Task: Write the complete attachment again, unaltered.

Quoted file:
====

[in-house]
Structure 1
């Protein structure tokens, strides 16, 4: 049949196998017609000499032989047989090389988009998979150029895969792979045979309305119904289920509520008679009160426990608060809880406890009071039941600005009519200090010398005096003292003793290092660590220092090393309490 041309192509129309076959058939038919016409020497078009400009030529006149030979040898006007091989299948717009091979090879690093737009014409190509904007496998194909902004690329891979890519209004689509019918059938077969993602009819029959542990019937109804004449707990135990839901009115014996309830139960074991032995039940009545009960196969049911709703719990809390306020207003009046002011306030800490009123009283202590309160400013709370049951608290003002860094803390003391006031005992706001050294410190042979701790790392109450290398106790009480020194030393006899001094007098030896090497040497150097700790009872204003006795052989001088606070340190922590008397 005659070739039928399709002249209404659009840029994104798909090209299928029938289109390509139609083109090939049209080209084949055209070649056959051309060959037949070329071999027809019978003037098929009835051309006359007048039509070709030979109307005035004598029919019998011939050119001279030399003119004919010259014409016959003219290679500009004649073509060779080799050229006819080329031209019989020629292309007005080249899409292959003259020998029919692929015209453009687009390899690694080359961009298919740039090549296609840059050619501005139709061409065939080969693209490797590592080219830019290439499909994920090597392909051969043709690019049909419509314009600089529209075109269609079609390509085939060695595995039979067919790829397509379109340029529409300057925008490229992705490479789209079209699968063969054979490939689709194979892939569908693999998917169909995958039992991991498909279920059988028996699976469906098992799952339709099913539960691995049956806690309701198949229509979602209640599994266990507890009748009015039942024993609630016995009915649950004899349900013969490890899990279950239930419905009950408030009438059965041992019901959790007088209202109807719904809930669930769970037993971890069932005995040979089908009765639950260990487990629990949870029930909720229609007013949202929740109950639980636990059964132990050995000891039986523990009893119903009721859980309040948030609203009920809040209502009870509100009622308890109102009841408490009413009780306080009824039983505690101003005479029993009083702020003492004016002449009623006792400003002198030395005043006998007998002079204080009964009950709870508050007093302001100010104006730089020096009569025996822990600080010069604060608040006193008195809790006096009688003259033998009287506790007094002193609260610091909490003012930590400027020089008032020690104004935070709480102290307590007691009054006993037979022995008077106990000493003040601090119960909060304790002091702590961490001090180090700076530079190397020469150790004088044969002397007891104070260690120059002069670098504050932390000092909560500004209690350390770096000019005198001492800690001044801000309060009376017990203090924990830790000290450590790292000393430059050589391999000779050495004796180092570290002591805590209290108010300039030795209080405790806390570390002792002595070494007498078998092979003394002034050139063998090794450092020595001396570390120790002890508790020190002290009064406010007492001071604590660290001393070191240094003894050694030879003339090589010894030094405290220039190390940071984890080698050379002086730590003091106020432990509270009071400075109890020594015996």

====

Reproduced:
[in-house]
Structure 1
């Protein structure tokens, strides 16, 4: 049949196998017609000499032989047989090389988009998979150029895969792979045979309305119904289920509520008679009160426990608060809880406890009071039941600005009519200090010398005096003292003793290092660590220092090393309490 041309192509129309076959058939038919016409020497078009400009030529006149030979040898006007091989299948717009091979090879690093737009014409190509904007496998194909902004690329891979890519209004689509019918059938077969993602009819029959542990019937109804004449707990135990839901009115014996309830139960074991032995039940009545009960196969049911709703719990809390306020207003009046002011306030800490009123009283202590309160400013709370049951608290003002860094803390003391006031005992706001050294410190042979701790790392109450290398106790009480020194030393006899001094007098030896090497040497150097700790009872204003006795052989001088606070340190922590008397 005659070739039928399709002249209404659009840029994104798909090209299928029938289109390509139609083109090939049209080209084949055209070649056959051309060959037949070329071999027809019978003037098929009835051309006359007048039509070709030979109307005035004598029919019998011939050119001279030399003119004919010259014409016959003219290679500009004649073509060779080799050229006819080329031209019989020629292309007005080249899409292959003259020998029919692929015209453009687009390899690694080359961009298919740039090549296609840059050619501005139709061409065939080969693209490797590592080219830019290439499909994920090597392909051969043709690019049909419509314009600089529209075109269609079609390509085939060695595995039979067919790829397509379109340029529409300057925008490229992705490479789209079209699968063969054979490939689709194979892939569908693999998917169909995958039992991991498909279920059988028996699976469906098992799952339709099913539960691995049956806690309701198949229509979602209640599994266990507890009748009015039942024993609630016995009915649950004899349900013969490890899990279950239930419905009950408030009438059965041992019901959790007088209202109807719904809930669930769970037993971890069932005995040979089908009765639950260990487990629990949870029930909720229609007013949202929740109950639980636990059964132990050995000891039986523990009893119903009721859980309040948030609203009920809040209502009870509100009622308890109102009841408490009413009780306080009824039983505690101003005479029993009083702020003492004016002449009623006792400003002198030395005043006998007998002079204080009964009950709870508050007093302001100010104006730089020096009569025996822990600080010069604060608040006193008195809790006096009688003259033998009287506790007094002193609260610091909490003012930590400027020089008032020690104004935070709480102290307590007691009054006993037979022995008077106990000493003040601090119960909060304790002091702590961490001090180090700076530079190397020469150790004088044969002397007891104070260690120059002069670098504050932390000092909560500004209690350390770096000019005198001492800690001044801000309060009376017990203090924990830790000290450590790292000393430059050589391999000779050495004796180092570290002591805590209290108010300039030795209080405790806390570390002792002595070494007498078998092979003394002034050139063998090794450092020595001396570390120790002890508790020190002290009064406010007492001071604590660290001393070191240094003894050694030879003339090589010894030094405290220039190390940071984890080698050379002086730590003091106020432990509270009071400075109890020594015996």